September 28, 1999 (by Lieven Dewitte) - Anyone who has ever fired a weapon, either recreationally or as part of their job, knows where you look through the sights is where you hit a target.
It's exactly the same for combat aircraft.
Senior Airman Paul Richardson and Staff Sgt. Dennis Brandt, both from the 347th Operations Support Squadron, carry out boresighting on the F-16 aircraft.
"Boresighting is a type of calibration," said Richardson.
Everyday flying operations cause the aim of the aircraft to move out of tolerance.
"Over time, the jet tends to stretch and bend and things start to get out of alignment," he said.
"Aircraft are scheduled to come into us every week," Richardson added. "When they come in, we take the hard points, the Head Up Display, the gun and the Inertial Navigation Unit and we align them to where the jet is looking."
Richardson and Brandt are responsible for more than 40 F-16 aircraft assigned to the 347th Wing.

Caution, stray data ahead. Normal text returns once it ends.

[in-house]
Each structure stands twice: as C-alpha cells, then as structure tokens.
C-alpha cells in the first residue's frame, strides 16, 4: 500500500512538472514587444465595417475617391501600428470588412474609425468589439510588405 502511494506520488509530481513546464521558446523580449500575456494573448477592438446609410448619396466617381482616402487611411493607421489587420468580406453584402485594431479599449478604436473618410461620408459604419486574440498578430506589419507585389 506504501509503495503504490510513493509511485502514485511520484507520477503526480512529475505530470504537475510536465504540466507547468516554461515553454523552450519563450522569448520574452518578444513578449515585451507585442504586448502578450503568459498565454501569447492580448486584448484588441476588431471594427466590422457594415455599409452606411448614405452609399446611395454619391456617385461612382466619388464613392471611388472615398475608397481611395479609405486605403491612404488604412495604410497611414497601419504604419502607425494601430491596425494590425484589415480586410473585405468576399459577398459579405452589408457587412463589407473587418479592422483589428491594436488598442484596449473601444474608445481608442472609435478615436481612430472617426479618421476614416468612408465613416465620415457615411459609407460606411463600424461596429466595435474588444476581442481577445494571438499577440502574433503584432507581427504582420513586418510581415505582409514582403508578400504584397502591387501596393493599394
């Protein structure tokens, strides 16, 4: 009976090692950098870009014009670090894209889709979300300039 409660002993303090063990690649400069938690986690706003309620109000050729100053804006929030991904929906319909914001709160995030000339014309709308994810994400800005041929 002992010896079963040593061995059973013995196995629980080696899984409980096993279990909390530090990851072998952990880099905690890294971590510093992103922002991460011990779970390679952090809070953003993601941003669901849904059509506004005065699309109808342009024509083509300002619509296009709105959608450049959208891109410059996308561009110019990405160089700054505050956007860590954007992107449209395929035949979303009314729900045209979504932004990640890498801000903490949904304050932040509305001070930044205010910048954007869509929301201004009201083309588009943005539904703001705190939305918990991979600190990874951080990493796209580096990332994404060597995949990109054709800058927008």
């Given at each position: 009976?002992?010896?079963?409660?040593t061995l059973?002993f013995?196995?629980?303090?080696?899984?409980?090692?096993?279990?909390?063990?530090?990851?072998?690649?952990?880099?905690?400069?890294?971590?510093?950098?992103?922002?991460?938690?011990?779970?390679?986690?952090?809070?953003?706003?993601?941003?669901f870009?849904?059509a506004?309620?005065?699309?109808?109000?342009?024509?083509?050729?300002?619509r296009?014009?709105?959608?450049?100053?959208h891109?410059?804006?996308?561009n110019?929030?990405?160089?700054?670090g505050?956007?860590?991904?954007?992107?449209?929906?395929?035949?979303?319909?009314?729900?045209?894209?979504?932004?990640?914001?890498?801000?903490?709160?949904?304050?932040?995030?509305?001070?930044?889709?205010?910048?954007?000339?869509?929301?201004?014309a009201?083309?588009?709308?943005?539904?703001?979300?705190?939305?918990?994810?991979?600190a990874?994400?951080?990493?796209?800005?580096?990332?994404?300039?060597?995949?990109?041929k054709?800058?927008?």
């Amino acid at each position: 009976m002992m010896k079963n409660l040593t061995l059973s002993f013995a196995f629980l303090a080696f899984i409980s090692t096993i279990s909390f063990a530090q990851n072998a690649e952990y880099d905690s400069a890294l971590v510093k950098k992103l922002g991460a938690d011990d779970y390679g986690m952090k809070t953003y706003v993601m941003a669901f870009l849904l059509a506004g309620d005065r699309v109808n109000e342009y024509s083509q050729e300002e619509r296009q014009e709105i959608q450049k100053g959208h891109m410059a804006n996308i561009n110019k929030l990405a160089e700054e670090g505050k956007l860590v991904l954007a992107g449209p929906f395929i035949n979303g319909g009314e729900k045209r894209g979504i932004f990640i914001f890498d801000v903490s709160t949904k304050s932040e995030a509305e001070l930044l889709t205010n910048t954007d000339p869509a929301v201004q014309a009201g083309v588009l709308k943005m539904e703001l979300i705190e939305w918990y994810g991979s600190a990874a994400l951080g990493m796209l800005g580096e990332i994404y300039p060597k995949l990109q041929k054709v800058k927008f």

"We're the only team that does boresighting on base," he said.
"The gun boresighting was originally done by weapons section, but in order to get continuity across all the jets, we do it here," he continued. "If you have two people do a jet one day then two people do another jet the next day, you're not going to get the same thing every time.
Richardson is confident of the work he and Brandt carry out.
"When a jet comes out of here," he said, "it's going to hit the target perfectly, every time."